The Future of Core Systems Is an Insurance Marketplace

With core systems vendors moving into the cloud and offering SaaS platforms—and insurers embracing that shift—the industry has already started to see vendors pre-integrating with or buying data sources. Insurity, for example, purchased SpatialKey, and Guidewire purchased Cyence. Vendors are aware that data is a key component of the core system; being able to integrate with and pull in third-party data out of the box is part of this.

Third-party data augmentation is not just something that helps the underwriting process, it is fundamental to the underwriting process, and the acquisitions and integrations of UW systems are reflecting that reality. The out-of-the-box agent portals and UW workbenches of the future will have third-party data pre-fill and automated scoring built in, serving as more of an underwriting environment than a workbench.

The next step is policy administration systems following a similar evolutionary path. InsureTech startups like Slice and Afficiency are already leading the way—instead of offering traditional core systems, they offer a platform where users can build, underwrite, and sell their products. These platforms are pre-integrated with sales channels like comparative raters and broker networks. When insurers use those systems to put out their products, they’re automatically part of a marketplace.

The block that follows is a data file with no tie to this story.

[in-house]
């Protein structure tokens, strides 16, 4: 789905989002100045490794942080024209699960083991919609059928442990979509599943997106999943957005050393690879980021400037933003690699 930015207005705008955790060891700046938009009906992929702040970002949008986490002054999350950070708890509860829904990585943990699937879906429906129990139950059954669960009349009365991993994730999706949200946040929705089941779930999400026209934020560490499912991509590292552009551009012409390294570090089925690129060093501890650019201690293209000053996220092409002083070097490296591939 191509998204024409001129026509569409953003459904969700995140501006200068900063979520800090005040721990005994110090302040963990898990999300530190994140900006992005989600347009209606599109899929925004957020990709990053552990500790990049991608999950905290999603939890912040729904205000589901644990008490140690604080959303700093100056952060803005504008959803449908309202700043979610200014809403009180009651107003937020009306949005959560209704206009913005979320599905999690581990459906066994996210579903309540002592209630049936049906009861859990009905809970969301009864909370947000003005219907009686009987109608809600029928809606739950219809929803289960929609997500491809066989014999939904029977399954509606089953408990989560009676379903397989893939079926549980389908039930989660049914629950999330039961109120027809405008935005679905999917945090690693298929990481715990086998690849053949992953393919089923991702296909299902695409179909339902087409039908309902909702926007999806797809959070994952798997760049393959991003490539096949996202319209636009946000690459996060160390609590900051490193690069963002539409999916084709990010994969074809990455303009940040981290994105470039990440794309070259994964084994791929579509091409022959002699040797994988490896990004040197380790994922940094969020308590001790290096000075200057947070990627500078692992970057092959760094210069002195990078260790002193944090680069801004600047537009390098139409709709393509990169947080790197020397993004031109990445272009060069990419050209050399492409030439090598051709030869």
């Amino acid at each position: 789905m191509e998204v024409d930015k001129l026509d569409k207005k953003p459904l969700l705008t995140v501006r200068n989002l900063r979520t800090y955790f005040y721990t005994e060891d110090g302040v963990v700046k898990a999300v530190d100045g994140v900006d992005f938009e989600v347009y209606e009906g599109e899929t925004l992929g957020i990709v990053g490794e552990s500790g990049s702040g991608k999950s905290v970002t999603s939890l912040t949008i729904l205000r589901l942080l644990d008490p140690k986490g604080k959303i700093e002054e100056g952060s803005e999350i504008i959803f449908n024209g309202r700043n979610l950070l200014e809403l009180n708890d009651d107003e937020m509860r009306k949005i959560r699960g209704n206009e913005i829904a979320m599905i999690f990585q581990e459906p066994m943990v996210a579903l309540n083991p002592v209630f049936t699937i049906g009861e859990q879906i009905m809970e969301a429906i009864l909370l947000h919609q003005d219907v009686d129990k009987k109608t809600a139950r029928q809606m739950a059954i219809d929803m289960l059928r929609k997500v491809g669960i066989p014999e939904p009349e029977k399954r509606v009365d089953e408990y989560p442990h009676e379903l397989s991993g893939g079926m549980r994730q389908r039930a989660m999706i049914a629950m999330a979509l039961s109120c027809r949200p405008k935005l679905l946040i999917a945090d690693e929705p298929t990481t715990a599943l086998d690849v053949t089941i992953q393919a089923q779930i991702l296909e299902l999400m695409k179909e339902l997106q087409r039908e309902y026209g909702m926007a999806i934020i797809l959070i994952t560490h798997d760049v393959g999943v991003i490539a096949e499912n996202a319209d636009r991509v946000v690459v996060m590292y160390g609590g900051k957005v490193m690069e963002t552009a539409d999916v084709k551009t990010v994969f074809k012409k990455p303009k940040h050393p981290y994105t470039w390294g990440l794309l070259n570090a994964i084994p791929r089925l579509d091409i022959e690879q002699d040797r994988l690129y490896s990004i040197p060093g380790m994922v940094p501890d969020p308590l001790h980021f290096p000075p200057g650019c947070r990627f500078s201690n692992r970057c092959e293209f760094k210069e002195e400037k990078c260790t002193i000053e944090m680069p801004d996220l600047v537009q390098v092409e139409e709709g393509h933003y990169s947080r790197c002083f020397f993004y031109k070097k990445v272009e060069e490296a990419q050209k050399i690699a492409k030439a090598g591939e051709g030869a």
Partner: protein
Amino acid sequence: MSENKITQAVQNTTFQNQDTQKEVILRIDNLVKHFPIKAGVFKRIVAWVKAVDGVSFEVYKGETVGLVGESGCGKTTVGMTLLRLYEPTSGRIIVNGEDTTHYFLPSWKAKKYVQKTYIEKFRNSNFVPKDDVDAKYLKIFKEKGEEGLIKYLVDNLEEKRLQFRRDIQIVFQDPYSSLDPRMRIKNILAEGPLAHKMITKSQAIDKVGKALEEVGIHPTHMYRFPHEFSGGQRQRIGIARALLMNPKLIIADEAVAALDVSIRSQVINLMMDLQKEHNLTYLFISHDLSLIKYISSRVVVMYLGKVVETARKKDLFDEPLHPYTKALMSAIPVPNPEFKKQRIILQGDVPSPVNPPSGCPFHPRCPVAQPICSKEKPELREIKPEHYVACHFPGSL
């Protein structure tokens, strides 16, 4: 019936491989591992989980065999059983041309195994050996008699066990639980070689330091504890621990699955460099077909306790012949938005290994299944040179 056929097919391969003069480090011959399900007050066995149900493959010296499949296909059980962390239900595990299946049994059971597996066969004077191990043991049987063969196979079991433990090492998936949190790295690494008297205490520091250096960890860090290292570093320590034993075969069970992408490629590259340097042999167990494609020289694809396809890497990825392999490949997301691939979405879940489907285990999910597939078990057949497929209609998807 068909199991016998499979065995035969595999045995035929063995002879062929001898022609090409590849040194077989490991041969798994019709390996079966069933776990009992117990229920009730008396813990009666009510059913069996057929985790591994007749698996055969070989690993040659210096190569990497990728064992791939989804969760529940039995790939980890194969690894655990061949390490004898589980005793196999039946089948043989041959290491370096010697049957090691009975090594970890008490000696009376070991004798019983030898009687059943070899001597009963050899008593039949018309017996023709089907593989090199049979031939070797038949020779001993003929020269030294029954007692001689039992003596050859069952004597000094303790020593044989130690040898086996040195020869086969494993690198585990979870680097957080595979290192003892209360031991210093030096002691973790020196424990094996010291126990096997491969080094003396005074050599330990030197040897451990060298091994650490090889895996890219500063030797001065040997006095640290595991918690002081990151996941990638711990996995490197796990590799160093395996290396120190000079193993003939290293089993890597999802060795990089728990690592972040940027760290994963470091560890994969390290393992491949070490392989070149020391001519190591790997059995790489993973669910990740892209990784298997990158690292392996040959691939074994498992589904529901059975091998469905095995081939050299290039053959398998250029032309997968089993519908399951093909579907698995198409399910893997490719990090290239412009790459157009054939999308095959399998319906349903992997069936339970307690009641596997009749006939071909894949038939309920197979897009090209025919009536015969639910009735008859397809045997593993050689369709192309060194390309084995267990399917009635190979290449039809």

Snapsheet is an example of this type of offering on the claims side. It provides a claims platform, but it’s also integrated with repair shops and a network of people to support the claim. This is taking a network approach to claims rather than a system approach, a recognition that every insurance process is about interactions between many parties inside and outside the insurer organization. InsureTechs are breaking out of the core systems map box and focusing on what will provide the most value.

With a growing number of core systems moving to the cloud, it’s likely that this type of marketplace or exchange will become the norm. Third-party vendor relationships are going to evolve into a vendor network, providing built-in value that insurers will be able to participate in by clicking a checkbox. SaaS means the specific technology stack becomes less important and the pre-built marketplace becomes the differentiator.

Large insurers typically have this kind of network built into their service, but if vendors make this a de facto approach for their core systems, insurers of all sizes will have more resources at their disposal.

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